“But being a successful CX leader means much more than just being a successful CX expert – customer experience leader should be able to inspire the team and the whole company for the changes, build a connection between personal interests and needs of the employees and company goals and go along this path together as a team.”

Mosun ShasoreMosun Shasore, strategy & learning resource & customer experience, Quramo Advisory

Resistance to change and power struggles occur in many organisations and are often obstacles to making CX transformation progress.

For this reason, three important areas that a CX leader should seek to strengthen are:

  • the ability to understand group dynamics and coordinate efforts across business units;
  • observational skills and the ability to distinguish symptoms from root causes; and
  • the ability to plan and effectively manage resources.

Stefan OsthausStefan Osthaus, CEO, Experience5

“A successful CX leader orchestrates the customer-centricity activities within an organisation just like the conductor of an orchestra: They determine what’s being played – customer centricity; they make sure everyone plays off the same sheet of music – the agreed tools and methods; and they let each player be their very own best – leaving the responsibility for action in the business units and countries of an organisation.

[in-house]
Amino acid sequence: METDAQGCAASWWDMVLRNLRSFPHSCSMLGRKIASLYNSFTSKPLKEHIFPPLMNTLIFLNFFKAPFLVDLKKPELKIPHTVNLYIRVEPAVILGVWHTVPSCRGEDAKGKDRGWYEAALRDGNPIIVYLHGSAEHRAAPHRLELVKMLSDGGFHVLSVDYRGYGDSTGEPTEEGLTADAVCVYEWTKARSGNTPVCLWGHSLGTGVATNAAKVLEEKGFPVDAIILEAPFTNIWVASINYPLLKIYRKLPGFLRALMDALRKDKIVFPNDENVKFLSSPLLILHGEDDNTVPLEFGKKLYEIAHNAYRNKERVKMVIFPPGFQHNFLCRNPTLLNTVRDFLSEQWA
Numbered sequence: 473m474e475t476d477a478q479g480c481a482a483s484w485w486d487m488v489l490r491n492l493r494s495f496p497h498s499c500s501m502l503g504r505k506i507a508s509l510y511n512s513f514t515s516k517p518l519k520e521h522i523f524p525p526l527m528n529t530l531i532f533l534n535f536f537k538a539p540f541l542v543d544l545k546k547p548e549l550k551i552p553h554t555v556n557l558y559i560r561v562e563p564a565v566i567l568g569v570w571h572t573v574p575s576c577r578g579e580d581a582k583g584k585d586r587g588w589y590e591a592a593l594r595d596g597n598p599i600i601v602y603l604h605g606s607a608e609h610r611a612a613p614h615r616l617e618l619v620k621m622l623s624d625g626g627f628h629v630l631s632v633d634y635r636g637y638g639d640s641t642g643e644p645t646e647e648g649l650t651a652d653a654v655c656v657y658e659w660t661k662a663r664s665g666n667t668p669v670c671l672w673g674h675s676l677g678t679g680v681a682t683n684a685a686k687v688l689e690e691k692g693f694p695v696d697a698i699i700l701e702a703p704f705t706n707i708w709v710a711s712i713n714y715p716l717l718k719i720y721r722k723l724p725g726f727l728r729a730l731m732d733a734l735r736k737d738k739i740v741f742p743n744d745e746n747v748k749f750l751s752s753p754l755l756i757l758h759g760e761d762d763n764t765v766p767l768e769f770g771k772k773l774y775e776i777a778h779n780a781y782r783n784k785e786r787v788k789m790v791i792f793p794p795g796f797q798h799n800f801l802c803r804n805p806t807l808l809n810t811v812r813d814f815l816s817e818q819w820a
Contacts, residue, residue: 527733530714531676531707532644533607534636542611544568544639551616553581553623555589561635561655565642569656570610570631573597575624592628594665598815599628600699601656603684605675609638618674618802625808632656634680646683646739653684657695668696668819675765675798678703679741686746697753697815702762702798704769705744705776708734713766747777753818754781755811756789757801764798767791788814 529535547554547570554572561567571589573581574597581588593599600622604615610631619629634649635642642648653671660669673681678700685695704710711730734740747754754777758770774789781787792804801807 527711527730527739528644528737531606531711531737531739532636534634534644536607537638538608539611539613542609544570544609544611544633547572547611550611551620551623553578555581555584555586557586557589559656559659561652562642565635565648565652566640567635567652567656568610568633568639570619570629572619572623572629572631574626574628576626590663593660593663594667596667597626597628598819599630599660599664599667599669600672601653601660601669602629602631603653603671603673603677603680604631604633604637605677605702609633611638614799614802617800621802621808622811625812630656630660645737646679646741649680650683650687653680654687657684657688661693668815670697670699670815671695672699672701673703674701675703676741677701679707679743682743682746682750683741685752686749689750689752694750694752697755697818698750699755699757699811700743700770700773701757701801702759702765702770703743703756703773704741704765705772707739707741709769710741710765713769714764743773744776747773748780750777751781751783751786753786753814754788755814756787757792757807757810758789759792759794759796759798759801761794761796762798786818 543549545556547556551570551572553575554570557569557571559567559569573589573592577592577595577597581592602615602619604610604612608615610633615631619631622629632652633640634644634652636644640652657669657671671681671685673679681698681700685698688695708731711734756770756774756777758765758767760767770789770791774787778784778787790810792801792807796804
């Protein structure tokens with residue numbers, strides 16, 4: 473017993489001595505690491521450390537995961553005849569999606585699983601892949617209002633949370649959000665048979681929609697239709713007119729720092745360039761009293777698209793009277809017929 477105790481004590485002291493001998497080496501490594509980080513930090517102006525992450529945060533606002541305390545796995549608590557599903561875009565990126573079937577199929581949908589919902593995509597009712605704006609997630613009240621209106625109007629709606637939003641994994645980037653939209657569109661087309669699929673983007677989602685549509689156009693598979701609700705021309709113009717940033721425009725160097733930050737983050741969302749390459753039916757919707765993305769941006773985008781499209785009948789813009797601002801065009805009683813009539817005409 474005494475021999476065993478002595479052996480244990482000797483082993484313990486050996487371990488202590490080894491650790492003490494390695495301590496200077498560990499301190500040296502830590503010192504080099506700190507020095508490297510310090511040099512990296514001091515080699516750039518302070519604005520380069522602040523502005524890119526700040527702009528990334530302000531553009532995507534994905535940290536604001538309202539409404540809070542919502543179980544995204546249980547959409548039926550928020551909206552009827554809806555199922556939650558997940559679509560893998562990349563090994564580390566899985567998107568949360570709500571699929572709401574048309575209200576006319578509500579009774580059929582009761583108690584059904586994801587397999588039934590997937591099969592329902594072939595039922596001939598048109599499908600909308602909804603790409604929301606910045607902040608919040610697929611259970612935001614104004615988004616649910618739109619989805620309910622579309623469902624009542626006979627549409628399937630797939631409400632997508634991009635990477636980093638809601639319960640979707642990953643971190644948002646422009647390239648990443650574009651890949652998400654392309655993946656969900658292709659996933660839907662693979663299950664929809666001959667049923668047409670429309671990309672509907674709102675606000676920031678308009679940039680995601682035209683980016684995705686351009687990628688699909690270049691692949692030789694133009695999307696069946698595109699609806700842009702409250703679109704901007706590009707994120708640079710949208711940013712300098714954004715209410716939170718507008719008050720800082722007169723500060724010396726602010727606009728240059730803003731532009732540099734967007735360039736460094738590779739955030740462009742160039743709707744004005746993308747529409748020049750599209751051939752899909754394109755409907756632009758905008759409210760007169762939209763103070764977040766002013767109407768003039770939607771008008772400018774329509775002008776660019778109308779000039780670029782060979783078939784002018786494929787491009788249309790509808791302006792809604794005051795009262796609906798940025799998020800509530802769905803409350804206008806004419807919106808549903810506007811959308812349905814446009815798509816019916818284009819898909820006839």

“Customer experience is an attitude, not a department!”

Anita SiassiosAnita Siassios, managing director, ManagingCX

“For me, there are three key points to have in mind:

  • A great CX leader has the ability to establish great relationships and networks across functions to effectively make an impact. 
  • A great CX leader has the ability to articulate how CX links to return on investment, and works with senior leaders in helping them understand their role in driving impactful change.  
  • A great CX leader continuously nurtures and creates a culture where the customer is always ‘top of mind’, even when no one is watching!

Colin ShawColin Shaw, CEO and founder, Beyond Philosophy 

“Being in a CX role is about a willingness to learn and think differently. I love the Einstein quote:

‘No problem can be solved from the same level of consciousness that created it.’

“The important thing is not to stop questioning. Curiosity has its own reason for existing. I have no special talents. I am only passionately curious. Logic will get you from A to B. Imagination will take you everywhere.

"This means that you have to be willing to learn new things, and importantly apply this new thinking. Challenge the status quo – this may not make you popular, but it is 100% necessary. Another quote I like that sums this up is ‘you can’t make an omelette without breaking an egg’. Just be careful of the eggs you break!

"Tenacity is always a fundamental trait of being a CX leader. You need to be like the Borg from Star Trek:  ‘Resistance is futile!’"